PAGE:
Economic forces, consumer demand, seasonality, natural disasters and myriad other factors contribute to transport's cyclical market.
The charts below show the latest data on Class 8 truck orders, trailer orders, monthly tonnage, linehaul rates and load-to-truck ratios. We'll update this page frequently as new data is released.
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Spot linehaul rates
DAT’s linehaul rates measure the seven-day weekly moving average for spot rates in dry van, reefer and flatbed hauls. They often reflect the balance of supply and demand in the spot market. The rates are derived from DAT’s RateView database and do not include a fuel surcharge.
The national average dry van rate decreased by 3 cents to $1.66 per mile the week of March 12 to 18 compared to the previous week, according to DAT data. The reefer rate decreased by 2 cents to $1.97 per mile, and the flatbed rate increased by about 1 cent to $2.15 per mile.
The dry van rate was the lowest rate since June 2020. Carriers have noted plummeting demand and lingering challenges for the first half of 2023.
"It certainly looks like volumes will be relatively flat for the foreseeable future and moving sideways, according to some of the experts," DAT Principal Analyst Dean Croke said on a weekly market update.
Spot linehaul rates
Load-to-truck ratios from DAT Freight & Analytics serve as indicators of supply and demand in the spot market. The ratio is calculated based on the number of load posts compared to the number of truck posts on the DAT One load board. Ratio changes can signal upcoming fluctuations in spot rates.
Load-to-truck ratios decreased the week of March 19 to 25 compared to the previous week. DAT reported:
- Dry van fell from 2.1 to 1.9 loads per truck
- Reefer declined from 3.2 to 2.7 loads per truck
- Flatbed dropped from 16.3 to 14.3 loads per truck
For dry van, the change was the first time the ratio was below 2.0 since the week of May 10–16, 2020, DAT noted.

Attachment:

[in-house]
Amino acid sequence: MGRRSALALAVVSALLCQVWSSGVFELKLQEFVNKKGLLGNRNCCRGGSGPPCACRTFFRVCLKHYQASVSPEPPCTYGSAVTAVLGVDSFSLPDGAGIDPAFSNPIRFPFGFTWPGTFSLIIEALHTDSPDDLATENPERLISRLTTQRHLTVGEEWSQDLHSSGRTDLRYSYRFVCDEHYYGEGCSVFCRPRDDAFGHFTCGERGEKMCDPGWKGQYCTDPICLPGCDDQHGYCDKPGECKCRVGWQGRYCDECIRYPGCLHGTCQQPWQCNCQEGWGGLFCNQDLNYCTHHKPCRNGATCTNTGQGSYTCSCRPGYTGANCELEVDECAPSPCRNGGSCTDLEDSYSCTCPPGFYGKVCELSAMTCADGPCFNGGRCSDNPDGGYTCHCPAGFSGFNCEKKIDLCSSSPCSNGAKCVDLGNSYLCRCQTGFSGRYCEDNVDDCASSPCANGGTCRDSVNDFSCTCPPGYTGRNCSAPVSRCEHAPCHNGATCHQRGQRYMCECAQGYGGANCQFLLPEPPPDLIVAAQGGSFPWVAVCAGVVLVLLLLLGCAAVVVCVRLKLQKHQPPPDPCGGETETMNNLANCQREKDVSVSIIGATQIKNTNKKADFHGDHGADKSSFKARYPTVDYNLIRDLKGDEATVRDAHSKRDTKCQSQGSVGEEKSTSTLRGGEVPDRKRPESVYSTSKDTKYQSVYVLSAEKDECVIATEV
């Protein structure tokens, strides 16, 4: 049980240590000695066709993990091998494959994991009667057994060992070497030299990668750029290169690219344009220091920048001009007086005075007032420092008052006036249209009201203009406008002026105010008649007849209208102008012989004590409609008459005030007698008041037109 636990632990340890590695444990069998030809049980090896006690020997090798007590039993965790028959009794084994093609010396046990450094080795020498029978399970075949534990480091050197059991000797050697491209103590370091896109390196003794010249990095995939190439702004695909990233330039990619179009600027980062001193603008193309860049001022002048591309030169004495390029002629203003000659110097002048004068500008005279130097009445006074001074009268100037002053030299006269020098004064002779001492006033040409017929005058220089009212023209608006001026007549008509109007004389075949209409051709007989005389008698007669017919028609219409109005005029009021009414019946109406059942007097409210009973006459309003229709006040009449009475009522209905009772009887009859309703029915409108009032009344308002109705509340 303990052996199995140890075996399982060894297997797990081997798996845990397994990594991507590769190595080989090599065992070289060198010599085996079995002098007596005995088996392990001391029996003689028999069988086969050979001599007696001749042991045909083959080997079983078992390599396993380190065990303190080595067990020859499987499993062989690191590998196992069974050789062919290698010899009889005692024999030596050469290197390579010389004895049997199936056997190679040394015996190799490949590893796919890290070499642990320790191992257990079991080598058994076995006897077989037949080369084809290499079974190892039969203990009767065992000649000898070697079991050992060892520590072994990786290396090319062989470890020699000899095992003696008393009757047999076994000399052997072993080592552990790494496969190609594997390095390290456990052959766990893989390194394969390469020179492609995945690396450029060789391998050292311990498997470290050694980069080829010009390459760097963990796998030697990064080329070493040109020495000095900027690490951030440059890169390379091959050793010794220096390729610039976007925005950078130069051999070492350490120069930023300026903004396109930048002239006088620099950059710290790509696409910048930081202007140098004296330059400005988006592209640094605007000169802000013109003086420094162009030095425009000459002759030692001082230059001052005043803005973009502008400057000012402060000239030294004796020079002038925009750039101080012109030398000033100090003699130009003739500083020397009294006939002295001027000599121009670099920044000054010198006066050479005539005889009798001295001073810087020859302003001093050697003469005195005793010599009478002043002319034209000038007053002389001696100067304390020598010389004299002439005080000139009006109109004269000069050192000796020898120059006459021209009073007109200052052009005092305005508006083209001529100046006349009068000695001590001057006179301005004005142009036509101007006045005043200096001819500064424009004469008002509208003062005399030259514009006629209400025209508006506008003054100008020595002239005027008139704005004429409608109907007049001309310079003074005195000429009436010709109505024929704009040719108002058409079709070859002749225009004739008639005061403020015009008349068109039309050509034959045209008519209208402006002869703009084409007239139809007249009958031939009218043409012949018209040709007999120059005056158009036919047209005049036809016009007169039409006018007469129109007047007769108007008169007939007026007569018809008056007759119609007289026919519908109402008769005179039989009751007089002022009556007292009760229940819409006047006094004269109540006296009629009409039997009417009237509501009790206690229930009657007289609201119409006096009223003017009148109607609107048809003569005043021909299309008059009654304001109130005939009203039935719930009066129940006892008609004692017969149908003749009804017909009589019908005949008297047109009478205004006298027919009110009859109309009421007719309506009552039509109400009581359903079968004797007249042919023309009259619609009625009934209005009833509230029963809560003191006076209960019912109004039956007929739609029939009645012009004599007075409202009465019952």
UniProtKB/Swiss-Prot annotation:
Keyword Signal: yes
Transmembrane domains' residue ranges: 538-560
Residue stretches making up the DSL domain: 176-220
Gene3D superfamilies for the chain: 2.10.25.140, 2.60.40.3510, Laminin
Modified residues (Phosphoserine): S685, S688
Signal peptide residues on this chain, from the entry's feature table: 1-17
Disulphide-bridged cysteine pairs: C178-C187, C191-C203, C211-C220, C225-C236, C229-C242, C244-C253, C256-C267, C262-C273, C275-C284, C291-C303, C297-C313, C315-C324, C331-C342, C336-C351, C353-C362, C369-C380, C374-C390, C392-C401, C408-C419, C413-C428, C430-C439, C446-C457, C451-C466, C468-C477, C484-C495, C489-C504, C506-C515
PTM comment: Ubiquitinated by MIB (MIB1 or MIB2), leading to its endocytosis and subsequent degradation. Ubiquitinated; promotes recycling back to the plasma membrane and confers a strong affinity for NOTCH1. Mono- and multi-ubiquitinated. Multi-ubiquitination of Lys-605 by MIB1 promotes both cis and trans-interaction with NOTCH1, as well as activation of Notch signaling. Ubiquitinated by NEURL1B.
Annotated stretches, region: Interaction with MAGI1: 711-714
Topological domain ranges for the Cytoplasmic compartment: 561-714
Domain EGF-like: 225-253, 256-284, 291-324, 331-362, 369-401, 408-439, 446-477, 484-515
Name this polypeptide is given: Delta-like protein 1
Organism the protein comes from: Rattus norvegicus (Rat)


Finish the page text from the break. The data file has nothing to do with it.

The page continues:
The American Trucking Associations has been tracking tonnage, calculating the index based on member surveys, since the 1970s. In the chart below, the baseline is 100, which represents conditions in 2015. Tonnage primarily reflects freight movement through contracts versus on the spot market.
The tonnage index was 118.4 in February when seasonally adjusted. That’s a slight increase from January's index.
"The fact that our index is growing sequentially and on a year-over-year basis demonstrates that contract freight continues to hold up at high levels," ATA Chief Economist Bob Costello said in the release.
For-hire truck tonnage index
FTR's trailer data covers orders for dry vans, refrigerated vans and flatbeds. Orders for trailers, like the Class 8 orders, signal confidence in the market and anticipation of strong business conditions.
Preliminary trailer orders dropped from a December high to 26,000 in January, according to FTR data. That came as market uncertainty hit and over 346,000 units were placed on the books to be built in 2022, the organization said.
"The easing of orders was in line with expectations and further easing is expected as many build slots are already filled for the year," FTR said. "This was a solid start to 2023 even as economic uncertainties remain elevated.
Net U.S. trailer orders
Truckload linehaul rates
The index, which includes spot and contract freight, decreased from 149.2 in January to 148.6 in February, Cass reported. That marked a 6% decline YoY.
"With spot rates already down significantly, the larger contract market is likely to continue adjusting down, if more gradually, but in the same direction," Cass said once again in its monthly report.
Truckload Linehaul Index
Class 8 orders
Preliminary Class 8 net orders rose for the first time in five months in February, reaching 22,800 units, according to FTR. Order activity for the month was 13% higher than last month, and 10% higher than February 2022.
Eric Starks, chairman of the board for FTR, said order levels have been strong of late, which is a welcome sign for the industry.
“Over the past year, total net orders reached 303,000 units. In any market, this is a strong number. However, given the uncertainty in the economy, this is an especially welcome sign that demand has not collapsed and that fleets still have access to capital,” Starks said.